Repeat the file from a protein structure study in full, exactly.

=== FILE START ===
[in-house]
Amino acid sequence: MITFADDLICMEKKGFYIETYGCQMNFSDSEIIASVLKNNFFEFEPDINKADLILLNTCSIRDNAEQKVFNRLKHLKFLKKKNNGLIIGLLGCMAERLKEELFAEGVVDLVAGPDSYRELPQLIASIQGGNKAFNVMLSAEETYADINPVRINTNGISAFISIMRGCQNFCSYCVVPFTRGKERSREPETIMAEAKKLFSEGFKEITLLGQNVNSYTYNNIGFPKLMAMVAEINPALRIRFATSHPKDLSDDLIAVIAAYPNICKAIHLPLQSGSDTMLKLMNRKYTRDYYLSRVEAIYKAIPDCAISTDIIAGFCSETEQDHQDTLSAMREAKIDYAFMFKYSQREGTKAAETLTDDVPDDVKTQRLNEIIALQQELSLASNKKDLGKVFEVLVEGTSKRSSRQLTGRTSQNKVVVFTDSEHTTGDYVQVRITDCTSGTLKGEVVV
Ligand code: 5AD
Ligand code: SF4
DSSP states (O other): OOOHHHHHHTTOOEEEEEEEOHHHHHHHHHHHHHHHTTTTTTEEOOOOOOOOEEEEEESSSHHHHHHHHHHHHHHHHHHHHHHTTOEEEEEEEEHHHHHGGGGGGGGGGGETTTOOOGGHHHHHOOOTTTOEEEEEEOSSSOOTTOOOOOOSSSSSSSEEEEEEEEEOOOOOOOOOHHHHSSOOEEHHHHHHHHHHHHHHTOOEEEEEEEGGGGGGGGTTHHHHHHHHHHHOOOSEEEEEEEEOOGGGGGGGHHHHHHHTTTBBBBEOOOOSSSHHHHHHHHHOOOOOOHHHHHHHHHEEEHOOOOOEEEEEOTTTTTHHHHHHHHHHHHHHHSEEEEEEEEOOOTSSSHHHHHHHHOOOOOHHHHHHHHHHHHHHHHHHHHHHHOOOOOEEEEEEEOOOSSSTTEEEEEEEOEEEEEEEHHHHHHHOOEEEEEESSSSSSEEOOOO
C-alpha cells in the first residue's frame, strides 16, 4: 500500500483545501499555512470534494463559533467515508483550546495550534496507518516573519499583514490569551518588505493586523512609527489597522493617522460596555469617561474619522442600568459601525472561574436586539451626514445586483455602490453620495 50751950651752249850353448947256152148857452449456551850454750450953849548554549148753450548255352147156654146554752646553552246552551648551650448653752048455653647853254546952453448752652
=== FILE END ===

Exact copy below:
[in-house]
Amino acid sequence: MITFADDLICMEKKGFYIETYGCQMNFSDSEIIASVLKNNFFEFEPDINKADLILLNTCSIRDNAEQKVFNRLKHLKFLKKKNNGLIIGLLGCMAERLKEELFAEGVVDLVAGPDSYRELPQLIASIQGGNKAFNVMLSAEETYADINPVRINTNGISAFISIMRGCQNFCSYCVVPFTRGKERSREPETIMAEAKKLFSEGFKEITLLGQNVNSYTYNNIGFPKLMAMVAEINPALRIRFATSHPKDLSDDLIAVIAAYPNICKAIHLPLQSGSDTMLKLMNRKYTRDYYLSRVEAIYKAIPDCAISTDIIAGFCSETEQDHQDTLSAMREAKIDYAFMFKYSQREGTKAAETLTDDVPDDVKTQRLNEIIALQQELSLASNKKDLGKVFEVLVEGTSKRSSRQLTGRTSQNKVVVFTDSEHTTGDYVQVRITDCTSGTLKGEVVV
Ligand code: 5AD
Ligand code: SF4
DSSP states (O other): OOOHHHHHHTTOOEEEEEEEOHHHHHHHHHHHHHHHTTTTTTEEOOOOOOOOEEEEEESSSHHHHHHHHHHHHHHHHHHHHHHTTOEEEEEEEEHHHHHGGGGGGGGGGGETTTOOOGGHHHHHOOOTTTOEEEEEEOSSSOOTTOOOOOOSSSSSSSEEEEEEEEEOOOOOOOOOHHHHSSOOEEHHHHHHHHHHHHHHTOOEEEEEEEGGGGGGGGTTHHHHHHHHHHHOOOSEEEEEEEEOOGGGGGGGHHHHHHHTTTBBBBEOOOOSSSHHHHHHHHHOOOOOOHHHHHHHHHEEEHOOOOOEEEEEOTTTTTHHHHHHHHHHHHHHHSEEEEEEEEOOOTSSSHHHHHHHHOOOOOHHHHHHHHHHHHHHHHHHHHHHHOOOOOEEEEEEEOOOSSSTTEEEEEEEOEEEEEEEHHHHHHHOOEEEEEESSSSSSEEOOOO
C-alpha cells in the first residue's frame, strides 16, 4: 500500500483545501499555512470534494463559533467515508483550546495550534496507518516573519499583514490569551518588505493586523512609527489597522493617522460596555469617561474619522442600568459601525472561574436586539451626514445586483455602490453620495 50751950651752249850353448947256152148857452449456551850454750450953849548554549148753450548255352147156654146554752646553552246552551648551650448653752048455653647853254546952453448752652